The WHO is now urging governments in Africa to promote the safe reopening of schools with proper measures to prevent learners from getting infected with the viral disease.
“Schools have paved the way to success for many Africans. They also provide a safe haven for many children in challenging circumstances to develop and thrive,” said WHO Regional Director for Africa, Dr Matshidiso Moeti.
Keeping students at home in a bid to protect them from Covid-19 infections is harming them in other ways, the World Health Organization (WHO) and Unicef said in a statement on Friday.
According to the WHO, the impact of an extended education disruption is significant and stretches beyond learning institutions into homes.
“Some of the consequences of extended closure include poor nutrition, stress, increased exposure to violence and exploitation, childhood pregnancies and overall challenges in the mental development of children due to reduced interaction,” says the WHO.
In Eastern and Southern Africa, Unicef has noted increased violence against children with reduced nutrition rates as more than 10 million are missing school meals.
“For girls, especially those displaced or living in low-income households, the risks of malnutrition and violence are even higher,” the statement reads.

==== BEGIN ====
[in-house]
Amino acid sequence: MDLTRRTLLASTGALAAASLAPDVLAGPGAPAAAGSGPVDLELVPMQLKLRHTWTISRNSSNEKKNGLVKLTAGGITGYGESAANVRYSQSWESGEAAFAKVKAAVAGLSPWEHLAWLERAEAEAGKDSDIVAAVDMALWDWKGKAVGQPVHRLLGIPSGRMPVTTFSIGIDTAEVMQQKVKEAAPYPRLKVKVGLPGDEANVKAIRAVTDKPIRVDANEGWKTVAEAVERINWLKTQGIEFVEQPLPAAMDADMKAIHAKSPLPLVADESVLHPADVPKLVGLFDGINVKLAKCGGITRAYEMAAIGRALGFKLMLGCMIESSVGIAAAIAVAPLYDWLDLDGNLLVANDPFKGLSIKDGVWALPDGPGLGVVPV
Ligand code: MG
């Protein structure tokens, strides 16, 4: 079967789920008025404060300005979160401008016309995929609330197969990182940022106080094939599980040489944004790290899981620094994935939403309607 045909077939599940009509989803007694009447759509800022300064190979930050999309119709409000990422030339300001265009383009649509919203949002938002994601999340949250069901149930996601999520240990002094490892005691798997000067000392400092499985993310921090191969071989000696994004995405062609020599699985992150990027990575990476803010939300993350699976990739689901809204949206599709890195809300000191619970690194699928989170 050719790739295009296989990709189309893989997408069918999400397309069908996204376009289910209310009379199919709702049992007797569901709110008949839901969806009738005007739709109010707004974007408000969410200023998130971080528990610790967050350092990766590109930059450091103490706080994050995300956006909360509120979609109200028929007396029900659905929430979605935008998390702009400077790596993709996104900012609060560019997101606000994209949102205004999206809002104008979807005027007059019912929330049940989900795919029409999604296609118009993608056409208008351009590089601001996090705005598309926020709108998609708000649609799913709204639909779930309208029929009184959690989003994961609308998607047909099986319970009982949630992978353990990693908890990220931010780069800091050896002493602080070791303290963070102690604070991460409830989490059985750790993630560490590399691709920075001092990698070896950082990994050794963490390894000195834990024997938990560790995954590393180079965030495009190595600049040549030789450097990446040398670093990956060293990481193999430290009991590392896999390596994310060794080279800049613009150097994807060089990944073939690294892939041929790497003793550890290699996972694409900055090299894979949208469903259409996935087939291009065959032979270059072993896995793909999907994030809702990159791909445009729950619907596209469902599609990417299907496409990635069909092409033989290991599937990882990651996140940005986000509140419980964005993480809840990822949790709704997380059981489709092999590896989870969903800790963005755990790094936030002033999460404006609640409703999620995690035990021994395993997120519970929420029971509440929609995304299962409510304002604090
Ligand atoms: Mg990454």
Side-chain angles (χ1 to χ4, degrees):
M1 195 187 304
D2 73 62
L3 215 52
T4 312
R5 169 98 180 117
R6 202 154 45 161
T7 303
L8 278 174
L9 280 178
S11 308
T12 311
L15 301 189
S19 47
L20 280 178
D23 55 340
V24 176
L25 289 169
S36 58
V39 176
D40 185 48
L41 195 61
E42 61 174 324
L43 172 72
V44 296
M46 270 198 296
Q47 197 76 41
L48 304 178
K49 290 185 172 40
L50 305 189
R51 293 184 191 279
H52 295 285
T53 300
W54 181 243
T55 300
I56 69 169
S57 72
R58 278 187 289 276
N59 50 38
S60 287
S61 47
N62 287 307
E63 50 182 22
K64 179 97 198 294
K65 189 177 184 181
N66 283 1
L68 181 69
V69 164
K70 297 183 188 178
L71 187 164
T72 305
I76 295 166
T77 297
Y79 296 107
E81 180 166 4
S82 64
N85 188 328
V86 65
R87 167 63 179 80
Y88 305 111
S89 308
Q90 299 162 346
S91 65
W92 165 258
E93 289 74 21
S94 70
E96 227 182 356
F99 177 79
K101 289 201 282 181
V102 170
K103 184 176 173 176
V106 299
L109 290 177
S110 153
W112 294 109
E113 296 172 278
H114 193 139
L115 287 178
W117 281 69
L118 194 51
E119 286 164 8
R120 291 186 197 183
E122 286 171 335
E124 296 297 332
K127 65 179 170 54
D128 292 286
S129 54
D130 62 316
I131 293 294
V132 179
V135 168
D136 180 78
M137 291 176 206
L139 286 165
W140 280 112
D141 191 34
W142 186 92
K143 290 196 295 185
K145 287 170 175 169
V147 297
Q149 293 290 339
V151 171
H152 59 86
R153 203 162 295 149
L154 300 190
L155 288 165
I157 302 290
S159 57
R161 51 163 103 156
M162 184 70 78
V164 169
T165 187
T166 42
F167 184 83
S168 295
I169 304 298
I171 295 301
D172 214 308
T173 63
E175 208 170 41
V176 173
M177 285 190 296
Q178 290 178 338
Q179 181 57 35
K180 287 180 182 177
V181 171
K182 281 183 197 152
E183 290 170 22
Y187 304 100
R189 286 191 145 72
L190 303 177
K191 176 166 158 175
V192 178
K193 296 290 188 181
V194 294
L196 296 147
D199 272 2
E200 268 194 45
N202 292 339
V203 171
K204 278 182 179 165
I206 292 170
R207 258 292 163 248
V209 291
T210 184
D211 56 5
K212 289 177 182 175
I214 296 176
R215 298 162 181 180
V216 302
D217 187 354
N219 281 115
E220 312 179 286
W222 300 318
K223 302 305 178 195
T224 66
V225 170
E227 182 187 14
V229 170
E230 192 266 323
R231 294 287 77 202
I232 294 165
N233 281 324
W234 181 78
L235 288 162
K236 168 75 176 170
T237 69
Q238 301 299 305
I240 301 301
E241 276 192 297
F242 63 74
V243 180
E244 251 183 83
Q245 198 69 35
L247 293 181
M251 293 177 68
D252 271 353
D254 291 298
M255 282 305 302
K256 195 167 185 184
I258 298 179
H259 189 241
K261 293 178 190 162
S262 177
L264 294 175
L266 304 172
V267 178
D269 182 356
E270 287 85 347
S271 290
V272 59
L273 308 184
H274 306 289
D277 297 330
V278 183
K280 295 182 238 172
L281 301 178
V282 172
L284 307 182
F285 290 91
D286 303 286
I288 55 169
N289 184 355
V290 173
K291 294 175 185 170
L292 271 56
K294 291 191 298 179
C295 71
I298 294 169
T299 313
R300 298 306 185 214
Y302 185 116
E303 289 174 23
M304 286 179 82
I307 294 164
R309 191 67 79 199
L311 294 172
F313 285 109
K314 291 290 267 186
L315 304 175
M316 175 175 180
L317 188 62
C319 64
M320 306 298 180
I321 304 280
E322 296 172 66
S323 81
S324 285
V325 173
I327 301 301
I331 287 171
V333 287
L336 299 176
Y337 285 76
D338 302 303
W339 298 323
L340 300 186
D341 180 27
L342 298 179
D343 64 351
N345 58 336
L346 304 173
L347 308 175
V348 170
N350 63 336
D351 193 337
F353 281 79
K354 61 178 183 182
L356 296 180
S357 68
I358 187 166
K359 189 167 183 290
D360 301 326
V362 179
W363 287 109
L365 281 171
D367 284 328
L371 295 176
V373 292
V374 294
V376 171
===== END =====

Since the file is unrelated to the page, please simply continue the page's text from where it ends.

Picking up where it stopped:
Economic losses caused by the closure are also a cause of worry for economists.
World Bank estimates indicate that school closures in sub-Saharan Africa could result in lifetime earning losses of $4,500 per child
Additionally, parents forced to stay in homes that cannot afford to hire nannies or caregivers are restricted from seeking outside work to boost family incomes.
This may also be worsened by reduced earnings as they stay at home to take care of the children.
Meanwhile, learning institutions are closed in 14 countries and partially open in 19 others for examination purposes.
Currently, 12 countries are planning to resume classroom learning in September, which is the start of the academic year in some countries.
The effect of school closures due to emergencies has been documented before.
For instance, pregnancy rates among teenagers in Sierra Leone doubled, with many girls unable to continue their education when schools reopened after extended closures triggered by the 2014 West Africa Ebola outbreak.
Unicef Regional Director for Eastern and Southern Africa, Mohamed Malick Fall, said the closure poses a big risk to future prospects for the self-advancement of affected children.
“The long-term impact of extending the school shutdown risks ever greater harm to children, their future and their communities,”he said.